The claims raised then have been echoed by those of today, particularly the reports of police crimes and the daily repression faced by minorities in some areas. Others focused their efforts on more “civil society”-oriented claims, simply demanding equal civic rights. These movements also showed that minorities groups were not homogeneous and were not all facing the same realities. This was reflected in their claims, their organisation, and their domains of action. However, these movements shared a common thread: the denunciation of racial discrimination from the standpoint of those who live its realities, and an insistence on the importance of self-empowerment.
In France, anti-racism is often limited to the denunciation of the ideas of the extreme right and its rise, particularly since the 1980s. What these struggles and these forms of activism denounce is the structural nature of this racism. By deciphering coded expressions they bring another element to the equation, reminding everyone that racism is not the monopoly of the extreme right. The belief that being anti-racist because one is against the ideas of the extremist leaders of the Front National, or the notion that calling for diversity is enough to consider oneself not racist is thus challenged by these movements.
In France, the right and the left, sharing power alternately for 50 years, have failed to implement policies to combat racism, especially within the State’s own institutions. These are the contradictions of the French Republic that are denounced here and towards which these movements demand radical change from politicians. And yet, although plenty of measures were announced, not much had actually changed since the uprisings of the 1980s. As a result, the first decade of the milllenium saw a new surge of youth uprisings in popular neighbourhoods across France, reminding us that much remains to be done.
“Police everywhere, justice nowhere”
In light of the above, the march of March 23rd 2013 can thus be considered a successor of these struggles. Families present that day also remind us that, often when there are young people killed by the police, although many neighbourhoods erupt; and these crimes become triggers for many more revolts, the victims are soon forgotten, faced with a media torrent which keeps the spotlight on a “youth vs. police clashes” narrative.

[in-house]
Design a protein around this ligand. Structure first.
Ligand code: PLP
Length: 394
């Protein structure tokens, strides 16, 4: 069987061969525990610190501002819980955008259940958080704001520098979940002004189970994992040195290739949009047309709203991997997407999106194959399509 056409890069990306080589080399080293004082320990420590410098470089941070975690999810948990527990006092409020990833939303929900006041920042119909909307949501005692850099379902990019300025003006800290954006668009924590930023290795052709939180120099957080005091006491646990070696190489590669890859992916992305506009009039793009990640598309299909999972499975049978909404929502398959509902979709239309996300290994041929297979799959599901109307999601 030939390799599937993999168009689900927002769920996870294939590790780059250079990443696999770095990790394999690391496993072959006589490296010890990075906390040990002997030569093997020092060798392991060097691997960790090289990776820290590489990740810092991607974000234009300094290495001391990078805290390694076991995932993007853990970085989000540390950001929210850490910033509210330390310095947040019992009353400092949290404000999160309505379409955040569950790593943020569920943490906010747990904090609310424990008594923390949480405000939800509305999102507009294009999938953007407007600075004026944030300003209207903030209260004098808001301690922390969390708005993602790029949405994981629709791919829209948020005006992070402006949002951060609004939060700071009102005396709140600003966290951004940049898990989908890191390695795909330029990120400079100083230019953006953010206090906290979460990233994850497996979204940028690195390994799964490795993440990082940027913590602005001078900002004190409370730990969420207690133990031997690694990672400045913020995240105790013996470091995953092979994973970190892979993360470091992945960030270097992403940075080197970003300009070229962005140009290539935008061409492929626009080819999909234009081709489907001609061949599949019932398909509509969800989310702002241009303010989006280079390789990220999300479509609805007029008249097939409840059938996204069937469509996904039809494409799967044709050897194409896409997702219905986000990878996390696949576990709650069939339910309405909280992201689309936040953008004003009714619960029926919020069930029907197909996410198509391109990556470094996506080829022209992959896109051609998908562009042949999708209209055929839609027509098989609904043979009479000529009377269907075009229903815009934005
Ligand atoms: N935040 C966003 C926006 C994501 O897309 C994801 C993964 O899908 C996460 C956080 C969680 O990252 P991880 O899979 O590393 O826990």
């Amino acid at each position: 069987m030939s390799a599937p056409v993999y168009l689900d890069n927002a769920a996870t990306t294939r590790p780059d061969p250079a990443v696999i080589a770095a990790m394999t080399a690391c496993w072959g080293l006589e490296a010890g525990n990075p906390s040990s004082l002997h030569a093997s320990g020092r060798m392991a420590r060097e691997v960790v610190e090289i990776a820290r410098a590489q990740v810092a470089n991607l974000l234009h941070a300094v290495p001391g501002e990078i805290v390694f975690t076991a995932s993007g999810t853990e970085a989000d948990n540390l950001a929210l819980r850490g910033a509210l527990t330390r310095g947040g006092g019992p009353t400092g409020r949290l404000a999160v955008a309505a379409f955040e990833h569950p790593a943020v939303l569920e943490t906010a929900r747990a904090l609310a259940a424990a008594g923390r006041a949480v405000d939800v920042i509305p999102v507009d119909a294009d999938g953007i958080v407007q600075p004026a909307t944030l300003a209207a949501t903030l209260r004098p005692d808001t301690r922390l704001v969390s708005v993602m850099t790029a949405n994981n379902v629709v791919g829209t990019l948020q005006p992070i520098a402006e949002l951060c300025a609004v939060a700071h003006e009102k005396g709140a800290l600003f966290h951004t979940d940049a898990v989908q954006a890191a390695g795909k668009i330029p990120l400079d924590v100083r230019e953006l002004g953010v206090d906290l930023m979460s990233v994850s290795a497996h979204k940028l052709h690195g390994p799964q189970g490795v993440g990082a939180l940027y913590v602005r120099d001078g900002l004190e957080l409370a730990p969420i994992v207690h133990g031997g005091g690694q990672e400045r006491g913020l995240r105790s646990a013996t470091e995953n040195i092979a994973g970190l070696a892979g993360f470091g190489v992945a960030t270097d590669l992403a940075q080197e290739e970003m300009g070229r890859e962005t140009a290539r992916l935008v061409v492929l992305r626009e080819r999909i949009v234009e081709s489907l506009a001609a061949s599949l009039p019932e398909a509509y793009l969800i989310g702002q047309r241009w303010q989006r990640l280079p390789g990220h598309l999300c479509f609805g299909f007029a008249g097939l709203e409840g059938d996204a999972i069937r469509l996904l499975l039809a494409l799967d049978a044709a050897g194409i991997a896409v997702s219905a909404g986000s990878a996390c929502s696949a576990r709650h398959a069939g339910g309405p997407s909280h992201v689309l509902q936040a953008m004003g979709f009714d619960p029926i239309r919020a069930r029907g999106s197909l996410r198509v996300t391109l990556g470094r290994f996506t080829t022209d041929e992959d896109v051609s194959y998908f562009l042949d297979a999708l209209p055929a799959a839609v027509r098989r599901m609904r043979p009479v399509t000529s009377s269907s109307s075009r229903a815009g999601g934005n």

The years 2000s in France saw many social revolts following the death of young people at the hands of the police, bringing media attention to neighbourhoods that would rather have been attended for reasons other than burning cars. Launched in 2002 under the leadership of Nicolas Sarkozy, then Minister of the Interior, “a war to delinquency” was declared which focused French security policy mainly on the popular districts of the banlieues. This policy identified a main internal threat to the country: the popular neighbourhood youngsters, who became – in spite of themselves – the main face of fear in France.
The French police appears to devise its law enforcement policies in these neighbourhoods in terms of principles of war and territorial conquest. A real policy of harassment was implemented by the police towards the youth, worsening an already wide fracture between the Police and the communities.
In this regard, the genesis of the 2005 riots, the largest the country had experienced in 40 years, was symptomatic of the deep gulf between the police and suburban youths. The spark that had led to the revolt was the electrocution of two teenagers, Zyed and Bouna, aged 17 and 15, in Clichy on the outskirts of Paris. They were electrocuted as they took refuge in a power station while fleeing police officers who were chasing them.